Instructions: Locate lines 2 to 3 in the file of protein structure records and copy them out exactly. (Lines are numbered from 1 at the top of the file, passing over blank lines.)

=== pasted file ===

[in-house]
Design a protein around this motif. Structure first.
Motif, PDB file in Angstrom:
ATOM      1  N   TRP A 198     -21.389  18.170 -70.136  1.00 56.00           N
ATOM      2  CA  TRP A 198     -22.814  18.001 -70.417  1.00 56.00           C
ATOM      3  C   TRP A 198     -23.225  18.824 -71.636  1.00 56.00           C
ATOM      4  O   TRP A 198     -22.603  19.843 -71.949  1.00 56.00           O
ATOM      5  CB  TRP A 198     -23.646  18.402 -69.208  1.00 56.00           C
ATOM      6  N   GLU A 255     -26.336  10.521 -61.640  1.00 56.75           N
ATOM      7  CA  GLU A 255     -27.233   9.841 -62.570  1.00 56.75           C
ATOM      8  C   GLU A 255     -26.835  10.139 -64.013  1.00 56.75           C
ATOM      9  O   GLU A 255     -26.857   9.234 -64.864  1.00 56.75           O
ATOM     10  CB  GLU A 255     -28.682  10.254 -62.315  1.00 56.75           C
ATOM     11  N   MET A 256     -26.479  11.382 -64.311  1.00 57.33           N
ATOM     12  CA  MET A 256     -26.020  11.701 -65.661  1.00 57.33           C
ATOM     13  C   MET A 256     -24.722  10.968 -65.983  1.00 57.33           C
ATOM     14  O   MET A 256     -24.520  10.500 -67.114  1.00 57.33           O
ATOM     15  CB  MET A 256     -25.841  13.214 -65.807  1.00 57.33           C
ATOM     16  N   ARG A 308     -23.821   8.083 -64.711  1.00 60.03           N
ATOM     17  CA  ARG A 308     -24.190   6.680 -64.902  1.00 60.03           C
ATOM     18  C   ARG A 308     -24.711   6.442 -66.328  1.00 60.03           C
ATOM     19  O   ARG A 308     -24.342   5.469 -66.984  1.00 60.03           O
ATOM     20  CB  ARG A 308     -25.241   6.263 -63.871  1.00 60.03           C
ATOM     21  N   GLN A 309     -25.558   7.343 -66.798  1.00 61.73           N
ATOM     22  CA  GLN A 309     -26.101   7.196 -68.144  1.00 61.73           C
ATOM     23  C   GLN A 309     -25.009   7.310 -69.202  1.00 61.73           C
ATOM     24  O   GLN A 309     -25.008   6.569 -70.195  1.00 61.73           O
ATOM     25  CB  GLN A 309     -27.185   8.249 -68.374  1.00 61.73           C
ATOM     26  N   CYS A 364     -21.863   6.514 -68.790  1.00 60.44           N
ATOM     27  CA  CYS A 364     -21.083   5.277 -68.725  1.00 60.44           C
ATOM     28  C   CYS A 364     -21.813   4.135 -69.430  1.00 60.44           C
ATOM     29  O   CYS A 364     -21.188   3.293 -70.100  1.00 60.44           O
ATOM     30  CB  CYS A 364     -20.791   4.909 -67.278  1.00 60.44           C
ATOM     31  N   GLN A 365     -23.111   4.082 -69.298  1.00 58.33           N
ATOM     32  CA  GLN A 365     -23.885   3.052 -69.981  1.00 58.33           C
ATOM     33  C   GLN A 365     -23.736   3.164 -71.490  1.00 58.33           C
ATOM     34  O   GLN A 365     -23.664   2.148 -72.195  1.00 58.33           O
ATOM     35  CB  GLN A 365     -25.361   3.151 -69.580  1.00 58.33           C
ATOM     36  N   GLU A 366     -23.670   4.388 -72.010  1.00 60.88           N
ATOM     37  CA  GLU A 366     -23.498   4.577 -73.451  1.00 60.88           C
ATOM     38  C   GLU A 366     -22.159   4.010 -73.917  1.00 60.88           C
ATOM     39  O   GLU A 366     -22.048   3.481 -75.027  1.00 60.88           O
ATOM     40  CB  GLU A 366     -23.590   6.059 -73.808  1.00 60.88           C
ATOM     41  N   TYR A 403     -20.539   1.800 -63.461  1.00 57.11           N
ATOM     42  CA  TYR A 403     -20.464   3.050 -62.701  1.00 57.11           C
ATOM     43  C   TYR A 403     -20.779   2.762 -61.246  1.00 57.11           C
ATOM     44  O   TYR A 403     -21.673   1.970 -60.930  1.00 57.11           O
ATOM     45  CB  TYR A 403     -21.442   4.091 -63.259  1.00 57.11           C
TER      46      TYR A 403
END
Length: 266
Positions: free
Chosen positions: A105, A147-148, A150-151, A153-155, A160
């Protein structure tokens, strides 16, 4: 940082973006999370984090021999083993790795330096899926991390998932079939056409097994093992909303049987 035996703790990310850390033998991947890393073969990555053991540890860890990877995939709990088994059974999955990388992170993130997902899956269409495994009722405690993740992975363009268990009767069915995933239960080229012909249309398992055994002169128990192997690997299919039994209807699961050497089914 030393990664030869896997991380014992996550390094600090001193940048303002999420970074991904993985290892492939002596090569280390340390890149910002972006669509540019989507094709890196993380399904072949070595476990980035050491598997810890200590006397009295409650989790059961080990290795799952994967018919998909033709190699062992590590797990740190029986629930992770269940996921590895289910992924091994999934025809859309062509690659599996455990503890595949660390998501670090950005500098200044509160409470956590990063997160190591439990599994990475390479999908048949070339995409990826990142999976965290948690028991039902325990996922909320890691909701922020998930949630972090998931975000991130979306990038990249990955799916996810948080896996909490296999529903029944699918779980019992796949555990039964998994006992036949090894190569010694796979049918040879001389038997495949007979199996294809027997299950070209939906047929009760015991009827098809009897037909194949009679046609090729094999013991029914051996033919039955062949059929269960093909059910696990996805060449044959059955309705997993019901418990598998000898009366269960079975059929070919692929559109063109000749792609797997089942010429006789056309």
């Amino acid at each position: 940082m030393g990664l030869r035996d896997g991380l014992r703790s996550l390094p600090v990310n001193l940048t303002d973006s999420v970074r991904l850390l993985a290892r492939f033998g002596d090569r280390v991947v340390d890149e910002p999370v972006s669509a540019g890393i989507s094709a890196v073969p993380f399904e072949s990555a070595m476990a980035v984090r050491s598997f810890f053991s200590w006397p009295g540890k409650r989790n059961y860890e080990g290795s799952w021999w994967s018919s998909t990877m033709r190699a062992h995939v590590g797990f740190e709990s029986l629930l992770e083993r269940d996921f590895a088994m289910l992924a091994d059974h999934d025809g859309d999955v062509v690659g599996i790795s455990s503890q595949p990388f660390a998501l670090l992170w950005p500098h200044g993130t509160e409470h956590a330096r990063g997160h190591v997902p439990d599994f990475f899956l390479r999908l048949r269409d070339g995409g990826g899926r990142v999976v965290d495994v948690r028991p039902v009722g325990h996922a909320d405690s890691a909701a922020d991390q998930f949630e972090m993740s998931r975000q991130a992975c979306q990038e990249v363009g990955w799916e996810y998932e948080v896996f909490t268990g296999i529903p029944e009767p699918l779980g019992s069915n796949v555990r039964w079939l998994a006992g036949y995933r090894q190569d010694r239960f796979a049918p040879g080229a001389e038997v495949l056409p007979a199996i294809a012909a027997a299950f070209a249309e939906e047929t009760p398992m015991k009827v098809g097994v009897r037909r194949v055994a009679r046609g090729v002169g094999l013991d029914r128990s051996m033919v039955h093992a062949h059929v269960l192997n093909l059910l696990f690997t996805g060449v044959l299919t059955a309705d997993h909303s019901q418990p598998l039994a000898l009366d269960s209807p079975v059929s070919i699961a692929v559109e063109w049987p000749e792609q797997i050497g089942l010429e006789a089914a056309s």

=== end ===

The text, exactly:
Design a protein around this motif. Structure first.
Motif, PDB file in Angstrom: